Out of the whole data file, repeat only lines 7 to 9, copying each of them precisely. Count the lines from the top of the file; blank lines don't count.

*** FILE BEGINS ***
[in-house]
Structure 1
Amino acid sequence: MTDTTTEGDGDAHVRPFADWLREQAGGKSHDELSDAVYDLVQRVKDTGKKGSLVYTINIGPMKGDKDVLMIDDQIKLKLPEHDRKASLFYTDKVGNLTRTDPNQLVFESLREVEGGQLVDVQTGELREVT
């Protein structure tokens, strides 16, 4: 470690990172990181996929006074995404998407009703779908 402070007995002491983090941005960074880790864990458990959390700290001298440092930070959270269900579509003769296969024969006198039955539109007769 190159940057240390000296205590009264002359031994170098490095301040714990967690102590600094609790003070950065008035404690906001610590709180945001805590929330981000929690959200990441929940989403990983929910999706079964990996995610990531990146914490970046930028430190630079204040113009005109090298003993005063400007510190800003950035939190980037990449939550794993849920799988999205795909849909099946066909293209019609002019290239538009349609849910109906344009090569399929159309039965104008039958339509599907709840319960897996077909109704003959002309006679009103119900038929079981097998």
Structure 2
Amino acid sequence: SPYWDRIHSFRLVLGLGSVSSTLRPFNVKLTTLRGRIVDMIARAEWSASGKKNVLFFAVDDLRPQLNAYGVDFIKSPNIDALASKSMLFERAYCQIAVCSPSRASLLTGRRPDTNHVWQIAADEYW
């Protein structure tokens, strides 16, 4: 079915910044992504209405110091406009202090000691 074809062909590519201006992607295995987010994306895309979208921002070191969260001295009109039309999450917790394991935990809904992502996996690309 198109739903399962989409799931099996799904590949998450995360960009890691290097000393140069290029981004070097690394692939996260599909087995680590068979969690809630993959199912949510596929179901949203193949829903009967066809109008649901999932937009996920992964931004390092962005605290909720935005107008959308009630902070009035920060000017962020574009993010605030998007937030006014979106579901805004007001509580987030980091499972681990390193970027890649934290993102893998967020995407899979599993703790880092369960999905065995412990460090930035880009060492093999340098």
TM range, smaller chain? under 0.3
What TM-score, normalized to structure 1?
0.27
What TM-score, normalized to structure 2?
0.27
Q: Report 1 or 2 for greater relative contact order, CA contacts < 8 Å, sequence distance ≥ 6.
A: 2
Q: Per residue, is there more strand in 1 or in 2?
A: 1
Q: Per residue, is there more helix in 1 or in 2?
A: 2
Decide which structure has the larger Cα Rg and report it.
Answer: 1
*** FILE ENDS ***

């Protein structure tokens, strides 16, 4: 079915910044992504209405110091406009202090000691 074809062909590519201006992607295995987010994306895309979208921002070191969260001295009109039309999450917790394991935990809904992502996996690309 198109739903399962989409799931099996799904590949998450995360960009890691290097000393140069290029981004070097690394692939996260599909087995680590068979969690809630993959199912949510596929179901949203193949829903009967066809109008649901999932937009996920992964931004390092962005605290909720935005107008959308009630902070009035920060000017962020574009993010605030998007937030006014979106579901805004007001509580987030980091499972681990390193970027890649934290993102893998967020995407899979599993703790880092369960999905065995412990460090930035880009060492093999340098």
TM range, smaller chain? under 0.3
What TM-score, normalized to structure 1?